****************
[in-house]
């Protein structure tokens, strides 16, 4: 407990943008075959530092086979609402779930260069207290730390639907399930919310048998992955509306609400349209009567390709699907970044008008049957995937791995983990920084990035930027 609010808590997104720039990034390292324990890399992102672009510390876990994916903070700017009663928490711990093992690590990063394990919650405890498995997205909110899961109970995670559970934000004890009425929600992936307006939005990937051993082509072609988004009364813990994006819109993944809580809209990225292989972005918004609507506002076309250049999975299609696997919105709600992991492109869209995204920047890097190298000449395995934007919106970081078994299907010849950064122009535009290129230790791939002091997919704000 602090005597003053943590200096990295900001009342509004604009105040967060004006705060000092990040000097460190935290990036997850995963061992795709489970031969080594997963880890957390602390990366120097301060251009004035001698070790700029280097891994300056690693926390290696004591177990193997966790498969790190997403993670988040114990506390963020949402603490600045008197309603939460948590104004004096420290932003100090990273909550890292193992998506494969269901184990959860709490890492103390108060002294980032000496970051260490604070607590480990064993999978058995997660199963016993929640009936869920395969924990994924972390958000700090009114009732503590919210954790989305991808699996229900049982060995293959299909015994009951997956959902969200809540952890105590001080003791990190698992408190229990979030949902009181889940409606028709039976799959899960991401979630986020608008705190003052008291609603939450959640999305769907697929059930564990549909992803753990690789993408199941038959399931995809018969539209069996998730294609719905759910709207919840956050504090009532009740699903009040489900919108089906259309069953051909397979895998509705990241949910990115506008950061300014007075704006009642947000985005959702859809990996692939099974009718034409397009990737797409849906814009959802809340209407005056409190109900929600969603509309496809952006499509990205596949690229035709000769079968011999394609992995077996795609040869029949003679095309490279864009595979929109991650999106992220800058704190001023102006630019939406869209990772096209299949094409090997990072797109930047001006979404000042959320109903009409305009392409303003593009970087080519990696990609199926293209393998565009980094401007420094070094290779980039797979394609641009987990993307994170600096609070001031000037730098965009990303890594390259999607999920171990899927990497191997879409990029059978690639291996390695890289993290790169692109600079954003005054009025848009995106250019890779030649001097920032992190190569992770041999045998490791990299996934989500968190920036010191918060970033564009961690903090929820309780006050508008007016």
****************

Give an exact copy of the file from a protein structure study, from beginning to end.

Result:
[in-house]
């Protein structure tokens, strides 16, 4: 407990943008075959530092086979609402779930260069207290730390639907399930919310048998992955509306609400349209009567390709699907970044008008049957995937791995983990920084990035930027 609010808590997104720039990034390292324990890399992102672009510390876990994916903070700017009663928490711990093992690590990063394990919650405890498995997205909110899961109970995670559970934000004890009425929600992936307006939005990937051993082509072609988004009364813990994006819109993944809580809209990225292989972005918004609507506002076309250049999975299609696997919105709600992991492109869209995204920047890097190298000449395995934007919106970081078994299907010849950064122009535009290129230790791939002091997919704000 602090005597003053943590200096990295900001009342509004604009105040967060004006705060000092990040000097460190935290990036997850995963061992795709489970031969080594997963880890957390602390990366120097301060251009004035001698070790700029280097891994300056690693926390290696004591177990193997966790498969790190997403993670988040114990506390963020949402603490600045008197309603939460948590104004004096420290932003100090990273909550890292193992998506494969269901184990959860709490890492103390108060002294980032000496970051260490604070607590480990064993999978058995997660199963016993929640009936869920395969924990994924972390958000700090009114009732503590919210954790989305991808699996229900049982060995293959299909015994009951997956959902969200809540952890105590001080003791990190698992408190229990979030949902009181889940409606028709039976799959899960991401979630986020608008705190003052008291609603939450959640999305769907697929059930564990549909992803753990690789993408199941038959399931995809018969539209069996998730294609719905759910709207919840956050504090009532009740699903009040489900919108089906259309069953051909397979895998509705990241949910990115506008950061300014007075704006009642947000985005959702859809990996692939099974009718034409397009990737797409849906814009959802809340209407005056409190109900929600969603509309496809952006499509990205596949690229035709000769079968011999394609992995077996795609040869029949003679095309490279864009595979929109991650999106992220800058704190001023102006630019939406869209990772096209299949094409090997990072797109930047001006979404000042959320109903009409305009392409303003593009970087080519990696990609199926293209393998565009980094401007420094070094290779980039797979394609641009987990993307994170600096609070001031000037730098965009990303890594390259999607999920171990899927990497191997879409990029059978690639291996390695890289993290790169692109600079954003005054009025848009995106250019890779030649001097920032992190190569992770041999045998490791990299996934989500968190920036010191918060970033564009961690903090929820309780006050508008007016």